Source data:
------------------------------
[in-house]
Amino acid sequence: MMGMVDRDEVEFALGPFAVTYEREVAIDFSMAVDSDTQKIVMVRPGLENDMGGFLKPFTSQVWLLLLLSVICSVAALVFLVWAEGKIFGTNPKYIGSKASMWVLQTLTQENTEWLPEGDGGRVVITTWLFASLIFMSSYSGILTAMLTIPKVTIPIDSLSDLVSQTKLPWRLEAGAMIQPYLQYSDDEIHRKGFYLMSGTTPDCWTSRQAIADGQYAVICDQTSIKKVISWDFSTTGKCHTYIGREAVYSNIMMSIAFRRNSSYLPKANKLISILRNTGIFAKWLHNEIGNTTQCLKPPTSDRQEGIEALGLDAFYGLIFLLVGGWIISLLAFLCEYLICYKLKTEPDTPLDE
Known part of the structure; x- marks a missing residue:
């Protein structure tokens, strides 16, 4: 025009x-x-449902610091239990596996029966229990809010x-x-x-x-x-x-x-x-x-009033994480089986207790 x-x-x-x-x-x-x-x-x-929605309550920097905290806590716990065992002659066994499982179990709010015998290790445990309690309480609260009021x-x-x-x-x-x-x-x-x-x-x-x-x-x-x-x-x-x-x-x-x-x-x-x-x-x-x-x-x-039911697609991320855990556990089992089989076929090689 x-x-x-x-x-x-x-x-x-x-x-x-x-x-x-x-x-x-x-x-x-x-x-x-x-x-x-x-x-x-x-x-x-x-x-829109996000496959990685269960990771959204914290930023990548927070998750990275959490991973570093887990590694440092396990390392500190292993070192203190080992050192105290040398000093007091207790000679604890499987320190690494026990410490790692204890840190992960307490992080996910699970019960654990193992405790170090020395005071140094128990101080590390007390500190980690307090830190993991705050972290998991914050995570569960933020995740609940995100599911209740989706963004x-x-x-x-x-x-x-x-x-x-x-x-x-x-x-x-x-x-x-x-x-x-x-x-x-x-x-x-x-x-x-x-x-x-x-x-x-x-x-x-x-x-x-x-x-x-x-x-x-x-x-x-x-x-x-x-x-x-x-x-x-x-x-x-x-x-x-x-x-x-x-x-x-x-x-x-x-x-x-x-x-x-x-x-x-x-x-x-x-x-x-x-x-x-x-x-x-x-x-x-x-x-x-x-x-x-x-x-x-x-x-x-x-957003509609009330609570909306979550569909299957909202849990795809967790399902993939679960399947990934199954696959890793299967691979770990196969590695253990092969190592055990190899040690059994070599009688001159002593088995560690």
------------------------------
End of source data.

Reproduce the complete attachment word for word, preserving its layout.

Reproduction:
[in-house]
Amino acid sequence: MMGMVDRDEVEFALGPFAVTYEREVAIDFSMAVDSDTQKIVMVRPGLENDMGGFLKPFTSQVWLLLLLSVICSVAALVFLVWAEGKIFGTNPKYIGSKASMWVLQTLTQENTEWLPEGDGGRVVITTWLFASLIFMSSYSGILTAMLTIPKVTIPIDSLSDLVSQTKLPWRLEAGAMIQPYLQYSDDEIHRKGFYLMSGTTPDCWTSRQAIADGQYAVICDQTSIKKVISWDFSTTGKCHTYIGREAVYSNIMMSIAFRRNSSYLPKANKLISILRNTGIFAKWLHNEIGNTTQCLKPPTSDRQEGIEALGLDAFYGLIFLLVGGWIISLLAFLCEYLICYKLKTEPDTPLDE
Known part of the structure; x- marks a missing residue:
């Protein structure tokens, strides 16, 4: 025009x-x-449902610091239990596996029966229990809010x-x-x-x-x-x-x-x-x-009033994480089986207790 x-x-x-x-x-x-x-x-x-929605309550920097905290806590716990065992002659066994499982179990709010015998290790445990309690309480609260009021x-x-x-x-x-x-x-x-x-x-x-x-x-x-x-x-x-x-x-x-x-x-x-x-x-x-x-x-x-039911697609991320855990556990089992089989076929090689 x-x-x-x-x-x-x-x-x-x-x-x-x-x-x-x-x-x-x-x-x-x-x-x-x-x-x-x-x-x-x-x-x-x-x-829109996000496959990685269960990771959204914290930023990548927070998750990275959490991973570093887990590694440092396990390392500190292993070192203190080992050192105290040398000093007091207790000679604890499987320190690494026990410490790692204890840190992960307490992080996910699970019960654990193992405790170090020395005071140094128990101080590390007390500190980690307090830190993991705050972290998991914050995570569960933020995740609940995100599911209740989706963004x-x-x-x-x-x-x-x-x-x-x-x-x-x-x-x-x-x-x-x-x-x-x-x-x-x-x-x-x-x-x-x-x-x-x-x-x-x-x-x-x-x-x-x-x-x-x-x-x-x-x-x-x-x-x-x-x-x-x-x-x-x-x-x-x-x-x-x-x-x-x-x-x-x-x-x-x-x-x-x-x-x-x-x-x-x-x-x-x-x-x-x-x-x-x-x-x-x-x-x-x-x-x-x-x-x-x-x-x-x-x-x-x-957003509609009330609570909306979550569909299957909202849990795809967790399902993939679960399947990934199954696959890793299967691979770990196969590695253990092969190592055990190899040690059994070599009688001159002593088995560690």